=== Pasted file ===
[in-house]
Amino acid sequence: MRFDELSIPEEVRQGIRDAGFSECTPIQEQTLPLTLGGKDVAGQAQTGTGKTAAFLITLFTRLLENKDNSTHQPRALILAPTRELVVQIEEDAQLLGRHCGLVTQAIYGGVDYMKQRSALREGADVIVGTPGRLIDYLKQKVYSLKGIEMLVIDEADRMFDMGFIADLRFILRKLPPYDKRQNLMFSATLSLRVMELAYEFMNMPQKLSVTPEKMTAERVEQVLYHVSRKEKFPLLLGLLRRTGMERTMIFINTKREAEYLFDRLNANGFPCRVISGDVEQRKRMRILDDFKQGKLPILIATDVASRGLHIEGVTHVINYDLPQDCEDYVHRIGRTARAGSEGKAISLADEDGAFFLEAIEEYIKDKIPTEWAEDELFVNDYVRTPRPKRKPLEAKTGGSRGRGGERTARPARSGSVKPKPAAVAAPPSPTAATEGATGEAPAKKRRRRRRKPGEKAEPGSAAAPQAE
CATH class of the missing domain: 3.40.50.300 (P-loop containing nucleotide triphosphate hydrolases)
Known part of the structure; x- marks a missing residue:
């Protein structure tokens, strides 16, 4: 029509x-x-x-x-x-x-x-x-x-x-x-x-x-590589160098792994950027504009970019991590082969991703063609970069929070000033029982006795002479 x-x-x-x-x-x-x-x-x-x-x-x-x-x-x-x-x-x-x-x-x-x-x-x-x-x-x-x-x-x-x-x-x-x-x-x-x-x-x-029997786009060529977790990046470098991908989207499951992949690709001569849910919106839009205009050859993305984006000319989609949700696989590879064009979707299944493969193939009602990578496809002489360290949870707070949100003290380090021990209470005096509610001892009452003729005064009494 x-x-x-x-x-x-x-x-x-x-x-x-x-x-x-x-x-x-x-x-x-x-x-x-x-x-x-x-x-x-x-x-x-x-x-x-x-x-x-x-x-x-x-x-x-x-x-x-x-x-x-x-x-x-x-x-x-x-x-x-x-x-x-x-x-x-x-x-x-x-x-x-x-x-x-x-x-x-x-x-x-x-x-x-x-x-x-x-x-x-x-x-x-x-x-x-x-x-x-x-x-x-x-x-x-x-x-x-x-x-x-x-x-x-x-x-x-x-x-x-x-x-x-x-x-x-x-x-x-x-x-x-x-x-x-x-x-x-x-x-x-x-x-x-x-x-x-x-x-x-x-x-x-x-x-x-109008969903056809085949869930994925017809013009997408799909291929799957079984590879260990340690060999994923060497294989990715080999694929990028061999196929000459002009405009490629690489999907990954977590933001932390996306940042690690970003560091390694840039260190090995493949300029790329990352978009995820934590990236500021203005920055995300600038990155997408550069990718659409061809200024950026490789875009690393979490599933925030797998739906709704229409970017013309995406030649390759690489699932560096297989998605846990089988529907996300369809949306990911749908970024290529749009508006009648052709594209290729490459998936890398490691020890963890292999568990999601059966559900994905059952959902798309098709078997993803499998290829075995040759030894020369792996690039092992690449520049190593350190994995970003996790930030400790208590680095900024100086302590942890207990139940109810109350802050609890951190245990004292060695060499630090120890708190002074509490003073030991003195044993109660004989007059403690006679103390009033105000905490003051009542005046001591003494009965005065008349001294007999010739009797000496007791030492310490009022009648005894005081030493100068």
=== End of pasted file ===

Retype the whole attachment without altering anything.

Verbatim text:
[in-house]
Amino acid sequence: MRFDELSIPEEVRQGIRDAGFSECTPIQEQTLPLTLGGKDVAGQAQTGTGKTAAFLITLFTRLLENKDNSTHQPRALILAPTRELVVQIEEDAQLLGRHCGLVTQAIYGGVDYMKQRSALREGADVIVGTPGRLIDYLKQKVYSLKGIEMLVIDEADRMFDMGFIADLRFILRKLPPYDKRQNLMFSATLSLRVMELAYEFMNMPQKLSVTPEKMTAERVEQVLYHVSRKEKFPLLLGLLRRTGMERTMIFINTKREAEYLFDRLNANGFPCRVISGDVEQRKRMRILDDFKQGKLPILIATDVASRGLHIEGVTHVINYDLPQDCEDYVHRIGRTARAGSEGKAISLADEDGAFFLEAIEEYIKDKIPTEWAEDELFVNDYVRTPRPKRKPLEAKTGGSRGRGGERTARPARSGSVKPKPAAVAAPPSPTAATEGATGEAPAKKRRRRRRKPGEKAEPGSAAAPQAE
CATH class of the missing domain: 3.40.50.300 (P-loop containing nucleotide triphosphate hydrolases)
Known part of the structure; x- marks a missing residue:
């Protein structure tokens, strides 16, 4: 029509x-x-x-x-x-x-x-x-x-x-x-x-x-590589160098792994950027504009970019991590082969991703063609970069929070000033029982006795002479 x-x-x-x-x-x-x-x-x-x-x-x-x-x-x-x-x-x-x-x-x-x-x-x-x-x-x-x-x-x-x-x-x-x-x-x-x-x-x-029997786009060529977790990046470098991908989207499951992949690709001569849910919106839009205009050859993305984006000319989609949700696989590879064009979707299944493969193939009602990578496809002489360290949870707070949100003290380090021990209470005096509610001892009452003729005064009494 x-x-x-x-x-x-x-x-x-x-x-x-x-x-x-x-x-x-x-x-x-x-x-x-x-x-x-x-x-x-x-x-x-x-x-x-x-x-x-x-x-x-x-x-x-x-x-x-x-x-x-x-x-x-x-x-x-x-x-x-x-x-x-x-x-x-x-x-x-x-x-x-x-x-x-x-x-x-x-x-x-x-x-x-x-x-x-x-x-x-x-x-x-x-x-x-x-x-x-x-x-x-x-x-x-x-x-x-x-x-x-x-x-x-x-x-x-x-x-x-x-x-x-x-x-x-x-x-x-x-x-x-x-x-x-x-x-x-x-x-x-x-x-x-x-x-x-x-x-x-x-x-x-x-x-x-109008969903056809085949869930994925017809013009997408799909291929799957079984590879260990340690060999994923060497294989990715080999694929990028061999196929000459002009405009490629690489999907990954977590933001932390996306940042690690970003560091390694840039260190090995493949300029790329990352978009995820934590990236500021203005920055995300600038990155997408550069990718659409061809200024950026490789875009690393979490599933925030797998739906709704229409970017013309995406030649390759690489699932560096297989998605846990089988529907996300369809949306990911749908970024290529749009508006009648052709594209290729490459998936890398490691020890963890292999568990999601059966559900994905059952959902798309098709078997993803499998290829075995040759030894020369792996690039092992690449520049190593350190994995970003996790930030400790208590680095900024100086302590942890207990139940109810109350802050609890951190245990004292060695060499630090120890708190002074509490003073030991003195044993109660004989007059403690006679103390009033105000905490003051009542005046001591003494009965005065008349001294007999010739009797000496007791030492310490009022009648005894005081030493100068």